You have to agree with me that working capital is the most important financial aspect of any business. Profit is like food, you are strong enough, you can survive a while without it. But how long can you go without liquidity? Not water, I mean working capital.
Despite liquidity management being a matter of life and death, many businesses shoot themselves in the leg (not twice, but 8 times!) with easily avoidable mistakes when it comes to working capital management.
Check if you have made one of these 8 working capital mistakes in your business? And how to avoid them:
1. You do not prepare cash forecasts
Businesses in Kenya do prepare budgets for money that they have. They allocate money on different activities and that’s good. But most do not budget for money they do not have yet. It’s not crazy. You have to prepare cash flow statement forecasts (every month) if you want to stay on top of future working capital problems that will arise. If you only ‘guess’ how much money you’ll bring in future, you will be caught flat footed. If you believe that your business will grow and things will sort themselves out, remember that growth comes with more expenses.
2. Confusing cash inflow with profit
How many times do you read that a business person in Kenya makes millions ‘in a bad month’? I’m sure you’ve been asking yourself whether those are profits or revenue, and what margins they enjoy. Because many small businesses in Kenya operate on cash basis and have increasing markup as their top strategy, it can be easy to believe money on you hand is profit. Some even use this revenue to splurge on fixed assets. Preparing financial statements and knowing the difference between cash and accrual accounting can help you avoid this.
3. Slow cash cycle
When it comes to short-term financial management of your businesses a vice like impatience is a good thing. Money should move in and out of your business quickly. Unfortunately, many small businesses in Kenya do not handle this well. When getting your money from suppliers, use your genius. One, you are allowed to pay on the very last day of your repayment period (why pay back early, genius? keep your money). If broke, use your charm to renegotiate terms and next time move to smaller suppliers. They rely on your business and won’t be harsh on repayment terms.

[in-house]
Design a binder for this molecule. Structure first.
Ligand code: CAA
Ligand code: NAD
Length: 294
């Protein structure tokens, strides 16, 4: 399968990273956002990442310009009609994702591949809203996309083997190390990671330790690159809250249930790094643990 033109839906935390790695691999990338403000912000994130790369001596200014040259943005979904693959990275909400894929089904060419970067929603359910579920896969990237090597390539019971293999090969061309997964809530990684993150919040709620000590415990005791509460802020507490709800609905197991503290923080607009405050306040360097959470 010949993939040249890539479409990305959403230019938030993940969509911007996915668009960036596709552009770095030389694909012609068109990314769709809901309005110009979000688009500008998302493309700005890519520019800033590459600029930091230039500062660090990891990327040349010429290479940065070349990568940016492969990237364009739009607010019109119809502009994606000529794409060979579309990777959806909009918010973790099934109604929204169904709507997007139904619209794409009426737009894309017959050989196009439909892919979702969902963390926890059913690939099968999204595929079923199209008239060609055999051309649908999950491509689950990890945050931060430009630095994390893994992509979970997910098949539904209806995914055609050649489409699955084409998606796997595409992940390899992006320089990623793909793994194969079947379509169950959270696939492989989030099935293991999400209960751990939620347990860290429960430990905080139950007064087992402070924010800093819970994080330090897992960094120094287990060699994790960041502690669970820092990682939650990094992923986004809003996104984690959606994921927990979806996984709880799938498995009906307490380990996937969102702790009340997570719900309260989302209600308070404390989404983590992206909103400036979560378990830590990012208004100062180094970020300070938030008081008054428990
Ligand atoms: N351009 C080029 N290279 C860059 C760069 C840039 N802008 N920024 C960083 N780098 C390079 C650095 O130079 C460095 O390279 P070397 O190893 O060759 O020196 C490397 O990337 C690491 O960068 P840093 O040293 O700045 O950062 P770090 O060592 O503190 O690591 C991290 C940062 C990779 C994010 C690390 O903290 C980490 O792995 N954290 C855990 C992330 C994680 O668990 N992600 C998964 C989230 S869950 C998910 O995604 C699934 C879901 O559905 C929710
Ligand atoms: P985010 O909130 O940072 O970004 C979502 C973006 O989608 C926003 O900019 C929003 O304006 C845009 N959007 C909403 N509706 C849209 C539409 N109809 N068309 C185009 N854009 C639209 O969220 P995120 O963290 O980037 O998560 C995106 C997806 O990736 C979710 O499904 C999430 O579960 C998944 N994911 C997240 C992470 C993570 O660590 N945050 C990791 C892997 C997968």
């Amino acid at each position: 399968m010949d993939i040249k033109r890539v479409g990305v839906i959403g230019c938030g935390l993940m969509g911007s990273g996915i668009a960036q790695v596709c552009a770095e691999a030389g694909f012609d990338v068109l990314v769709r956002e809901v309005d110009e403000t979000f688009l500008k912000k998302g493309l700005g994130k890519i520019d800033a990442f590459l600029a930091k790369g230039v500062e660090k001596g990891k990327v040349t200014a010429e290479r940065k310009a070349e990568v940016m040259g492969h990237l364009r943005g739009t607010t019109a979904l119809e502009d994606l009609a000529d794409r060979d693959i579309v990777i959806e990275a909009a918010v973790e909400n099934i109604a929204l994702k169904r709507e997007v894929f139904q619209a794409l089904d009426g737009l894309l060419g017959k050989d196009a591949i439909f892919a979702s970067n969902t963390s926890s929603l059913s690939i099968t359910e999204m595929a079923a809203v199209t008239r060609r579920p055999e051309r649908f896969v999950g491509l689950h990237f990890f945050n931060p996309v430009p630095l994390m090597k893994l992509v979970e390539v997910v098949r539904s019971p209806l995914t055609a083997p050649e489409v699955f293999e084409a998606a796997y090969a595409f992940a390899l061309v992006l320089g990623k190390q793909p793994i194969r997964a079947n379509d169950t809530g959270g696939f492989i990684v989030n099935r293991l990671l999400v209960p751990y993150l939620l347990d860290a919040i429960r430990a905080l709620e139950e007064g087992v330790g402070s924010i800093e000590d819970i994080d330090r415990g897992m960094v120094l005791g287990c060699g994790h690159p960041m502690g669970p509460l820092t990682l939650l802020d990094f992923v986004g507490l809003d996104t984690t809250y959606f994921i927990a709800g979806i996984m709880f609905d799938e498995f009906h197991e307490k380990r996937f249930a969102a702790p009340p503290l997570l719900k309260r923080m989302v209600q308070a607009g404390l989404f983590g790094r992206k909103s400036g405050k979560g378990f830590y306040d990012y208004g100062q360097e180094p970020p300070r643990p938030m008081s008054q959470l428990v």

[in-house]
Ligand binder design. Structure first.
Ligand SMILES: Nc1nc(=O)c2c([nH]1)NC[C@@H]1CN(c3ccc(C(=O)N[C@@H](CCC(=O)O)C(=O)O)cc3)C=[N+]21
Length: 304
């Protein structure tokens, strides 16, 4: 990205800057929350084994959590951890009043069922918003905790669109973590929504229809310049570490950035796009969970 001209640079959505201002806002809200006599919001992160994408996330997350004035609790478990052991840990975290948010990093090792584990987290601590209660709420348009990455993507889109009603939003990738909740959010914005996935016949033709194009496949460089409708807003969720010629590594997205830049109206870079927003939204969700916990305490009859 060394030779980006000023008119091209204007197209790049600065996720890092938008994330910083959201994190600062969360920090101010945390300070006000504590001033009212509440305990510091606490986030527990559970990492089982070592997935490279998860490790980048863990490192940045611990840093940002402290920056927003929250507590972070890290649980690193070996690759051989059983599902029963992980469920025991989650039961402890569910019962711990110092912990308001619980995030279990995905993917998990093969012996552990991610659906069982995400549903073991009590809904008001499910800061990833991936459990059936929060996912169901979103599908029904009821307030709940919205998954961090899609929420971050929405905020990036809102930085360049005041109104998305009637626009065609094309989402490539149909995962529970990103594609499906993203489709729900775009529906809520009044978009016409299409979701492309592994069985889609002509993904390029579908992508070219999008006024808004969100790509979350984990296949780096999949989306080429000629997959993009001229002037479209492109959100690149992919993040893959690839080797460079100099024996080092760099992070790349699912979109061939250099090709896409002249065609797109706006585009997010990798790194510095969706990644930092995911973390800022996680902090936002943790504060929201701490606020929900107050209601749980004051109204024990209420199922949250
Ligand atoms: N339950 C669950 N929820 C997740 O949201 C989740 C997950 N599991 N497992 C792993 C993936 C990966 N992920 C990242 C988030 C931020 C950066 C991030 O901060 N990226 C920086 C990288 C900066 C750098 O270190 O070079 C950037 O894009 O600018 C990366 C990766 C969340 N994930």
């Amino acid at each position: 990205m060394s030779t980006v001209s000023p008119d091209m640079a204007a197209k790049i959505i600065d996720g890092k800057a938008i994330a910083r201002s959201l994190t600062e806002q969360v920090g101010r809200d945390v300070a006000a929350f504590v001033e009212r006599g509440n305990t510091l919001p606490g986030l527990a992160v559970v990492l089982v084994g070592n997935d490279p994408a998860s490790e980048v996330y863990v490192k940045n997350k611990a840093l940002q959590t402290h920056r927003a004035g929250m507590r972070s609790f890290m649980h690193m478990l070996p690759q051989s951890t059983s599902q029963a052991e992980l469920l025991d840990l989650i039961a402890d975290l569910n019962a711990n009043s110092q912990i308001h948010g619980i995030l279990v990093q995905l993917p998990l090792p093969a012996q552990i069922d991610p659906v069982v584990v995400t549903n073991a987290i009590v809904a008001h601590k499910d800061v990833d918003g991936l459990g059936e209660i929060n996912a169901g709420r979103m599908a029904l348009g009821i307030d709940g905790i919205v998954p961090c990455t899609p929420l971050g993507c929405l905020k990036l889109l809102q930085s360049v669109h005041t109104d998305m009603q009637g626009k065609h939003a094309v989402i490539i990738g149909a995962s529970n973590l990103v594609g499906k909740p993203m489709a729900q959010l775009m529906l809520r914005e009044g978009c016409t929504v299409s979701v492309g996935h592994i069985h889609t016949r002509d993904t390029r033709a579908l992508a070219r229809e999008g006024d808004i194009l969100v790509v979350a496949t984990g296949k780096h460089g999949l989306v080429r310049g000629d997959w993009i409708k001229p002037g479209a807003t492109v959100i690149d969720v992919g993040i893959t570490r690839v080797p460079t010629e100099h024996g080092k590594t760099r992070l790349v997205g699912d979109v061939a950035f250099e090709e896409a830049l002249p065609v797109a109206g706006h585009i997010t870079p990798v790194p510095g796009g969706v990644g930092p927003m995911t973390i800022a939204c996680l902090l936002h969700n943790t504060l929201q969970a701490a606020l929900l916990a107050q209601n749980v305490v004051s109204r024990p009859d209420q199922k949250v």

4. Too slow to collect money owed
Related to point 3 is urgency in collecting what is owed to you. We spoke about this, be slow to pay your debts but fast to claim what is owed to you. It’s not double-standards. Bad debt is too risky for small businesses because they do not have the spread of customers to survive it. Do you think if debts bring down your business that #KOT will empathize with you as they did with Nakumatt? Start aligning to when your clients get paid and giving incentives to those who always pay early so they continue to do so.
5. Wrong pricing strategy
The small business sector in Kenya is so competitive and one way you’ve responded to this is lower prices. True, you will bring in customers but at what cost? Sometimes you set the price too low such that you are always short of working capital no matter how good the month is going. Beside reevaluating your pricing, you also need to look to other means of outdoing competition. You could go the discount way or go for quality as small businesses should.
6. Bad month of business
Haha, how you wish you were making hundreds of thousands of shillings in a bad month, no? It is normal that when sales or revenues are down that you will struggle for working capital. It’s also normal that new businesses will not bring in enough revenue so they too will struggle. New businesses can only cover for this by additional investments into the business. If you’re the former, find out what is causing sales to decline and deal with that. Is it quality? competition? substitute products? poor service? the Kenyan economy? (yes, vote wisely 5 years from now).
7. You do not research terms
Sometimes you’ll try every trick in the book to get back to positive cash flow but ultimately you have to make the walk of shame to a bank, a supplier, friend doing better than you or family, who were always against you going into business, to borrow money. Don’t underestimate the benefits of finding out who is offering you the best lending terms. Take the money and use it to increase revenue or pay off those pending high-interest loans so you get back on your feet.
8. You do not monitor
We started by looking into the future of cash flows by preparing forecasts. You must also look back and monitor how you’ve been performing to know if you’re improving on working capital management or disaster looms right round the corner. There are different measures to use, which we will show you later, like how long is it taking you to collect debt? how fast are you selling your goods? how quick is money moving in and out of your business? etc.0